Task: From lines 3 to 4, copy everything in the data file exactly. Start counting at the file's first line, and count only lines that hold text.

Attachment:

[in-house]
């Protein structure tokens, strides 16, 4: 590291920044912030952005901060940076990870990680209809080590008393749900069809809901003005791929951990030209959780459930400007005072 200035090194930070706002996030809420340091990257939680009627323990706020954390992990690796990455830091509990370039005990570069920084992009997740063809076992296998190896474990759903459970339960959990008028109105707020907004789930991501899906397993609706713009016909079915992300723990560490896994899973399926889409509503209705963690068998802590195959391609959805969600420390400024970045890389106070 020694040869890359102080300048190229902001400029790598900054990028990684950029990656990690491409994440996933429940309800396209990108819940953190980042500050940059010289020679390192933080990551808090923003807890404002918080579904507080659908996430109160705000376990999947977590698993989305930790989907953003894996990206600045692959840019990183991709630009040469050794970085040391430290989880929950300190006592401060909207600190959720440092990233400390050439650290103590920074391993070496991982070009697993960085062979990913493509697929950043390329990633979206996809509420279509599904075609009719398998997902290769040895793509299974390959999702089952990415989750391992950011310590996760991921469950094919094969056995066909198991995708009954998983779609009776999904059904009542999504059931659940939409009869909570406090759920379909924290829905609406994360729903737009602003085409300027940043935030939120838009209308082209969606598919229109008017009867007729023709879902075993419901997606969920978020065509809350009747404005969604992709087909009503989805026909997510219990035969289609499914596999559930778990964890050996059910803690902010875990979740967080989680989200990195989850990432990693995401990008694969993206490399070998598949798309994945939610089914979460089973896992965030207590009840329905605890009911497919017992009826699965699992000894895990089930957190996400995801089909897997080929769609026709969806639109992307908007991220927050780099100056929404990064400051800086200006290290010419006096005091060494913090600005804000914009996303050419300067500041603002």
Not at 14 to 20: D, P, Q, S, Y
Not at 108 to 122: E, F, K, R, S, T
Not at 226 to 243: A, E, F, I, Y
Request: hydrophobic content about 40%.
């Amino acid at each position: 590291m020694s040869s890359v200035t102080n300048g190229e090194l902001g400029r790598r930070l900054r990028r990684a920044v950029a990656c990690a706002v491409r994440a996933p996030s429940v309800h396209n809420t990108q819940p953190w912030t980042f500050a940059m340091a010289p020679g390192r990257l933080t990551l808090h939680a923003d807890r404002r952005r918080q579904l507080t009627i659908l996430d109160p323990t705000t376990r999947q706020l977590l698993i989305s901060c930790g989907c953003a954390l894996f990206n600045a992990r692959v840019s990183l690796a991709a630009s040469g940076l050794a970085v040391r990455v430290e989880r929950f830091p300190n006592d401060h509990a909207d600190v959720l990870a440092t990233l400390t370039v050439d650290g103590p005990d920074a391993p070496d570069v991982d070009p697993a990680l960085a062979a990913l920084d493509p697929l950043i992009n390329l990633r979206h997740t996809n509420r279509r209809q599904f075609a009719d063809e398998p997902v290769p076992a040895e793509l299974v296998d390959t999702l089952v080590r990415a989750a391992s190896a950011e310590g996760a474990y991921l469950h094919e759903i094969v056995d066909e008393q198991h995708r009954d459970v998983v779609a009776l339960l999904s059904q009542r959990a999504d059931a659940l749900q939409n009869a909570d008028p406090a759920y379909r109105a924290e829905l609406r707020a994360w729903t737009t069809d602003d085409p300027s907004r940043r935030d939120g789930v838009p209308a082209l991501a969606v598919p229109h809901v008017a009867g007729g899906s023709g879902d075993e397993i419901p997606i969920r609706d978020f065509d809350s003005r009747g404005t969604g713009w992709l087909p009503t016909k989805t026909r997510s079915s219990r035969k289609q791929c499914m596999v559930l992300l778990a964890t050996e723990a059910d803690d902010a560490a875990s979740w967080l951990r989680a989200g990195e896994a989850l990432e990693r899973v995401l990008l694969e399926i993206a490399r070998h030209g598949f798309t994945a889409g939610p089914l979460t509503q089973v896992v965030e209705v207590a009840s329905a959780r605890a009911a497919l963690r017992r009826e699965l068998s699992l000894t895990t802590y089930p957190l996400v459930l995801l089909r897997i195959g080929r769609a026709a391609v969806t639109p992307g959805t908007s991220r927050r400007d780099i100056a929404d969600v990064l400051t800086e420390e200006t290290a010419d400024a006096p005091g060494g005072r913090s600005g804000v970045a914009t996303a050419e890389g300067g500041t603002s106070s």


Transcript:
Not at 14 to 20: D, P, Q, S, Y
Not at 108 to 122: E, F, K, R, S, T